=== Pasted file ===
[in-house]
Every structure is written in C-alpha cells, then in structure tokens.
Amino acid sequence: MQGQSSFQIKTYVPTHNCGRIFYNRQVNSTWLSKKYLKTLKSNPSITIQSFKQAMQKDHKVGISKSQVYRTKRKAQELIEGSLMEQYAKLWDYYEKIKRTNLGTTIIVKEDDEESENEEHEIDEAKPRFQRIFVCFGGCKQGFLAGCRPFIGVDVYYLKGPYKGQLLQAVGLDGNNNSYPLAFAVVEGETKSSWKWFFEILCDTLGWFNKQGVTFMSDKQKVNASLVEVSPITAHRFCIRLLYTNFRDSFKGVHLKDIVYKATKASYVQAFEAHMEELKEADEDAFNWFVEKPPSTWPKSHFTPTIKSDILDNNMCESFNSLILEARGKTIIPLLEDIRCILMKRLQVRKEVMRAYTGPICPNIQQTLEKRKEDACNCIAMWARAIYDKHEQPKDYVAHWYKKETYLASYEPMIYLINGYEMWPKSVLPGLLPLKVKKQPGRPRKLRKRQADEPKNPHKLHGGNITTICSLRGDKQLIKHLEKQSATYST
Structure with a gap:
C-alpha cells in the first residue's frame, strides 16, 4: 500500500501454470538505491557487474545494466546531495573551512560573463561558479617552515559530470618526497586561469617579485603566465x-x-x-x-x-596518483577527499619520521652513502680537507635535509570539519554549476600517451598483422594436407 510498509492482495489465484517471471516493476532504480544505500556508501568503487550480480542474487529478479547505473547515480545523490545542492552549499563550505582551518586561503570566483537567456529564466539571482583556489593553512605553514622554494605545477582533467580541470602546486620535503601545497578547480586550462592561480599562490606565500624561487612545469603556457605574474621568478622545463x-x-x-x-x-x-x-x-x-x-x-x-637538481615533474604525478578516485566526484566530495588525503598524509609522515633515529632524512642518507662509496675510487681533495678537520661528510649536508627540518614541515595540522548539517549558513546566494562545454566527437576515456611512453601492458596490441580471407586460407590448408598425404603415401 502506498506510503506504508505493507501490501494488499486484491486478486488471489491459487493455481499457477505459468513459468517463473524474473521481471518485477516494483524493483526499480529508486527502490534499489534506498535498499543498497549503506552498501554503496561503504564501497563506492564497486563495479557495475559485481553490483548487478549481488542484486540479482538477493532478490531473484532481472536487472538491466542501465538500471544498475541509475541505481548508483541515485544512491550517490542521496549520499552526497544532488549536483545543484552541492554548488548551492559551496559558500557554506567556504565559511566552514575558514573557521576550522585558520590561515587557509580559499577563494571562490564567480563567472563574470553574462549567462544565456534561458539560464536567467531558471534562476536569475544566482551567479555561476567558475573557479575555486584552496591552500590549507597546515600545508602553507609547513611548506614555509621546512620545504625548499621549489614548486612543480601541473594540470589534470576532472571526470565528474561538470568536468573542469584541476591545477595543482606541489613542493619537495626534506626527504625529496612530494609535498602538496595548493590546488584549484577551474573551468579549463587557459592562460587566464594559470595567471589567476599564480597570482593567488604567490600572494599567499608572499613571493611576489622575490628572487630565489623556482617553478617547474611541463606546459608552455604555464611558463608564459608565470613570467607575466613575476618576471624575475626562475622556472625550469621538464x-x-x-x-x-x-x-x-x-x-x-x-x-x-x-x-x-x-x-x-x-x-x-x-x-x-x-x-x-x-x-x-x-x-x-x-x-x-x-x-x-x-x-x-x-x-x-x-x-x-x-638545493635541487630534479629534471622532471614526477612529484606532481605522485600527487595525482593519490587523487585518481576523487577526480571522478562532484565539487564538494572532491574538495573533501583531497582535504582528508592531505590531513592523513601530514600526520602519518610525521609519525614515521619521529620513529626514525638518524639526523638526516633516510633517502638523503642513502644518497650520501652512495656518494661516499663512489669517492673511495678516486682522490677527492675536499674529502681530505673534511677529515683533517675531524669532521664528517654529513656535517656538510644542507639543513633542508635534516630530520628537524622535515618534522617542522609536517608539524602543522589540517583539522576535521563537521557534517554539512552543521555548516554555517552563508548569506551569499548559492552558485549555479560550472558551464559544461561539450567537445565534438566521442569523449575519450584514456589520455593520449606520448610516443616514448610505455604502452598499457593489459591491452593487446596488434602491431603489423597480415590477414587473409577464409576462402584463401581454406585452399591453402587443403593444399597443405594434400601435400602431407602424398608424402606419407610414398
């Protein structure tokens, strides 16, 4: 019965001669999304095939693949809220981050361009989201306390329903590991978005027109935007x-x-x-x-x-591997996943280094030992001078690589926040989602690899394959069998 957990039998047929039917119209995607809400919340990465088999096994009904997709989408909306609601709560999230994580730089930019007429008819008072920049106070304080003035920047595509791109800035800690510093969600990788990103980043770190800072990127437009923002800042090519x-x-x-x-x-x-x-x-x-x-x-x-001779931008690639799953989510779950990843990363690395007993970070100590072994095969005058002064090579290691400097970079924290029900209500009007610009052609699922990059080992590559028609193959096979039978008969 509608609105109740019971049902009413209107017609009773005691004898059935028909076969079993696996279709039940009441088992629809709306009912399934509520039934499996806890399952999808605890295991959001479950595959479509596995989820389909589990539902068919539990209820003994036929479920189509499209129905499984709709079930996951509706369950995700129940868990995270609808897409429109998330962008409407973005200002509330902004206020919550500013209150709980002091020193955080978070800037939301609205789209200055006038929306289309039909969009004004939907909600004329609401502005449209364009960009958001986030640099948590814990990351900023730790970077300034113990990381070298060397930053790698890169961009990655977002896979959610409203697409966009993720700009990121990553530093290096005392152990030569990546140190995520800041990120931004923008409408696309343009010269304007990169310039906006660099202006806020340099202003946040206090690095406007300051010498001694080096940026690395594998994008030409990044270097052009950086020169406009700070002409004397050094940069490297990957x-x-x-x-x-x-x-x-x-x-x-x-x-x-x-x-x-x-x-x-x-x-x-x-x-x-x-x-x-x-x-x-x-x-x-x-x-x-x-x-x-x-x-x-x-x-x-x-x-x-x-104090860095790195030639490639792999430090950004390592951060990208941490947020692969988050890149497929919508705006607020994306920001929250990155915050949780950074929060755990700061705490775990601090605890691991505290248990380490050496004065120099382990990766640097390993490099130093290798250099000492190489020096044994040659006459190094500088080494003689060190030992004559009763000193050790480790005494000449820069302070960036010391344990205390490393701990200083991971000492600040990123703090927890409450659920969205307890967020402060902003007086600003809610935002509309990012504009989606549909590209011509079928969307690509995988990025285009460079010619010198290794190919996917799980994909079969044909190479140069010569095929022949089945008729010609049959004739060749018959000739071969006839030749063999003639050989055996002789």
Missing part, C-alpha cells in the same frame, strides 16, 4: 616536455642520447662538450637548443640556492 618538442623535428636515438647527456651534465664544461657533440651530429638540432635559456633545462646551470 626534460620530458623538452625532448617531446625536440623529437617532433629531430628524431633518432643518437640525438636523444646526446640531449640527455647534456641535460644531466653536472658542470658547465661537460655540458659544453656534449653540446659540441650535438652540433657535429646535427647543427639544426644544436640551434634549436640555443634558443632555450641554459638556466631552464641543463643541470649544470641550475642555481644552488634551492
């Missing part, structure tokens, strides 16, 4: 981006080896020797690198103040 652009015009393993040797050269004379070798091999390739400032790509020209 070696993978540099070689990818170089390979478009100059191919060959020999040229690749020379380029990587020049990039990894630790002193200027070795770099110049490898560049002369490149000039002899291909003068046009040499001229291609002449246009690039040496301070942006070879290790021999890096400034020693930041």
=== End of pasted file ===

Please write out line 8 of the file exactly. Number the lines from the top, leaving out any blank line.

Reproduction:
């Missing part, structure tokens, strides 16, 4: 981006080896020797690198103040 652009015009393993040797050269004379070798091999390739400032790509020209 070696993978540099070689990818170089390979478009100059191919060959020999040229690749020379380029990587020049990039990894630790002193200027070795770099110049490898560049002369490149000039002899291909003068046009040499001229291609002449246009690039040496301070942006070879290790021999890096400034020693930041």